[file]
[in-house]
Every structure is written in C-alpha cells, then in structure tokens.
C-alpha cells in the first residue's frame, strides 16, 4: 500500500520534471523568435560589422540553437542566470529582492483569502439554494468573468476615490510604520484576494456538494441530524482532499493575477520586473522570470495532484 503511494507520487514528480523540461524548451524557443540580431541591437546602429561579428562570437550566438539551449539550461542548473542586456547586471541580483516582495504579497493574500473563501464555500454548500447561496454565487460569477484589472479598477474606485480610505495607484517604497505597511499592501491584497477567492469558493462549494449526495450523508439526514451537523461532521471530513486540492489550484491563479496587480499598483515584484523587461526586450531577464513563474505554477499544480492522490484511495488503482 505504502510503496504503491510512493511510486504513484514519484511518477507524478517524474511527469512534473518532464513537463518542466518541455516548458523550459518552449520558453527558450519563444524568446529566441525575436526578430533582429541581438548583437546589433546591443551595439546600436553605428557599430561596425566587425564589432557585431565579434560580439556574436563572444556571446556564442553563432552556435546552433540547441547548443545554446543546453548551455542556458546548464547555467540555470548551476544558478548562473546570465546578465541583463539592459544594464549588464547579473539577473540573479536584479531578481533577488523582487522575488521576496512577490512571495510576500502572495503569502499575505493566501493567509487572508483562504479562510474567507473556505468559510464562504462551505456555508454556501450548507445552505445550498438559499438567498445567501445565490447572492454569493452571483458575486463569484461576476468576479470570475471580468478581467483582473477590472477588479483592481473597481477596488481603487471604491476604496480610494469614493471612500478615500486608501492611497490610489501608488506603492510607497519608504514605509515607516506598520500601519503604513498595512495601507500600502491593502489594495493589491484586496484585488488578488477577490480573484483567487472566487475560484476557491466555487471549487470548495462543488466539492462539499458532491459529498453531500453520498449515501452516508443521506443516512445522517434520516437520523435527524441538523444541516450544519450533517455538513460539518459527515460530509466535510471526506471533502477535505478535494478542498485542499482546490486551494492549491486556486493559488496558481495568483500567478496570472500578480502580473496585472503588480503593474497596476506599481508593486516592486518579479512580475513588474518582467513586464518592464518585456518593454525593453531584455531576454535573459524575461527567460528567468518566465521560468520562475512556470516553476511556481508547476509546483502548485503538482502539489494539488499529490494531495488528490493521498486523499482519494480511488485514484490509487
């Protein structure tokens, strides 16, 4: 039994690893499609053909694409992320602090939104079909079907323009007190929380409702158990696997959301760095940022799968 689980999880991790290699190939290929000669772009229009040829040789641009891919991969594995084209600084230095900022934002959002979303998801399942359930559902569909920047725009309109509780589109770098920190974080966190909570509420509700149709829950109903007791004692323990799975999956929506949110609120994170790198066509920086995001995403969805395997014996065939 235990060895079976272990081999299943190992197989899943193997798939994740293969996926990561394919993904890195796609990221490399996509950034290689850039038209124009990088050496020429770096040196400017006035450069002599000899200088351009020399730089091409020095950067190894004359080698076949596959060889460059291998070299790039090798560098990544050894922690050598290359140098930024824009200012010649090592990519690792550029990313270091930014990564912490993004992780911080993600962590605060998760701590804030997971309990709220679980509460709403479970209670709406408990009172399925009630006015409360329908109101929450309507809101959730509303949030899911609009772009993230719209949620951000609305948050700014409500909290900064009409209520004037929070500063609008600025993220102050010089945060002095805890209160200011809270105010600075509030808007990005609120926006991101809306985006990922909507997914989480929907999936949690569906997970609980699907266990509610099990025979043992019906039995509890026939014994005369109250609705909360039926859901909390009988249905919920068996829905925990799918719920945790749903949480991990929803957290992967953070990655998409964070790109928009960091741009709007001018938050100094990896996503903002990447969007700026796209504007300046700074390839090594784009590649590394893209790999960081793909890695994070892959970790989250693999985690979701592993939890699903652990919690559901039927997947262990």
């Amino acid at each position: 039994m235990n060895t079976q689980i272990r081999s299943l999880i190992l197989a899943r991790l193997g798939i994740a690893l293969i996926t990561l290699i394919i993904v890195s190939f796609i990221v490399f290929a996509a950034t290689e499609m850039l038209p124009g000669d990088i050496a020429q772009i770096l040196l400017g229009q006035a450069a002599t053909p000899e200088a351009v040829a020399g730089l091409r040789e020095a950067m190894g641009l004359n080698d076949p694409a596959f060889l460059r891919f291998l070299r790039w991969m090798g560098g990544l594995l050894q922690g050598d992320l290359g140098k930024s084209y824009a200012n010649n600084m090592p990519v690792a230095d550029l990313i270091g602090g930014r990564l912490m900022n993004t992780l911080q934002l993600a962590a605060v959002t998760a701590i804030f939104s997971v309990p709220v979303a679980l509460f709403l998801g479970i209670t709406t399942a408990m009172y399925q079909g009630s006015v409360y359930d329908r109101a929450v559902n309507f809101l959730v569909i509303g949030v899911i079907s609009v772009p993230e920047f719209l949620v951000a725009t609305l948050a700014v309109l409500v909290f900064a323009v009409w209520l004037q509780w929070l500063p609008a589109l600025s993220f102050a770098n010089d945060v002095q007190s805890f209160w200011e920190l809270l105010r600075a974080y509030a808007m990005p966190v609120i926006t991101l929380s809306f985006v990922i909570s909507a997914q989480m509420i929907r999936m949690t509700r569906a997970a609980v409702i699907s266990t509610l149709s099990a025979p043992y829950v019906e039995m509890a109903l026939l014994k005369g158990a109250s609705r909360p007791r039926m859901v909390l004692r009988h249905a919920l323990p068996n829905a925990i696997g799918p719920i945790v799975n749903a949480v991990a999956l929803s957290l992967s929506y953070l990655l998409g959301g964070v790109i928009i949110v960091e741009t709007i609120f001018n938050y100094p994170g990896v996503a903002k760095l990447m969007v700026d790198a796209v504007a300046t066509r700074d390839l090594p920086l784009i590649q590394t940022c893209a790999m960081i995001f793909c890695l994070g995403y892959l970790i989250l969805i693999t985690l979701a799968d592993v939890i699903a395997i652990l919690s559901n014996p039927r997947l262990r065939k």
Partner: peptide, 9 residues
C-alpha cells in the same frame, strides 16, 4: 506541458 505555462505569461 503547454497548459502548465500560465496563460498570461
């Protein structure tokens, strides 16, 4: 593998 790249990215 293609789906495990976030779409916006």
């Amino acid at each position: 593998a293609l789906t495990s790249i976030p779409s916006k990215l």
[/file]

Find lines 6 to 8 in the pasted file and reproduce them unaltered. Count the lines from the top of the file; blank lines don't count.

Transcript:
Partner: peptide, 9 residues
C-alpha cells in the same frame, strides 16, 4: 506541458 505555462505569461 503547454497548459502548465500560465496563460498570461
């Protein structure tokens, strides 16, 4: 593998 790249990215 293609789906495990976030779409916006």